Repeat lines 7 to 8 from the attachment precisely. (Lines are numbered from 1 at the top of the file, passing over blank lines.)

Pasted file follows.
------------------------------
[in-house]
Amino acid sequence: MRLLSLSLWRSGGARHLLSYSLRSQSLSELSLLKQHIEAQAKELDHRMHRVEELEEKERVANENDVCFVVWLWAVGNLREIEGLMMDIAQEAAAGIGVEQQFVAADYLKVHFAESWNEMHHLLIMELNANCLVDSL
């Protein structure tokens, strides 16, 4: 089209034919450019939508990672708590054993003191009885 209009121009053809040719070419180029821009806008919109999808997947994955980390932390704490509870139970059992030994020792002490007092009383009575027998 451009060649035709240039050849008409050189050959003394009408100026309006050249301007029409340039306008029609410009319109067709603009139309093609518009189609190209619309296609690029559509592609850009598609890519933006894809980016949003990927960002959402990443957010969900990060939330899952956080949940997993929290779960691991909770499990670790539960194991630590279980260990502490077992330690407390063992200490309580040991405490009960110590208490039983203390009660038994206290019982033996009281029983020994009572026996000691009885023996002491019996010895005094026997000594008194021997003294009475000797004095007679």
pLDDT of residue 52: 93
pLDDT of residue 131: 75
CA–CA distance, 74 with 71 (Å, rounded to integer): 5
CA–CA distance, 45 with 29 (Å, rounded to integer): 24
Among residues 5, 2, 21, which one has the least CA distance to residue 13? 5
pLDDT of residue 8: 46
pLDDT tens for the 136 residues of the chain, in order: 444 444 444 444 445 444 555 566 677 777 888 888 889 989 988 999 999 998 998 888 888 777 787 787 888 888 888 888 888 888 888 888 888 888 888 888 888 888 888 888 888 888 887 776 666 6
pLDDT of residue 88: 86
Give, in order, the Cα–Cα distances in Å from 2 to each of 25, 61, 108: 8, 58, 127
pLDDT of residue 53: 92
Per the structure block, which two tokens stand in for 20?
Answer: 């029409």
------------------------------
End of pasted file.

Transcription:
CA–CA distance, 45 with 29 (Å, rounded to integer): 24
Among residues 5, 2, 21, which one has the least CA distance to residue 13? 5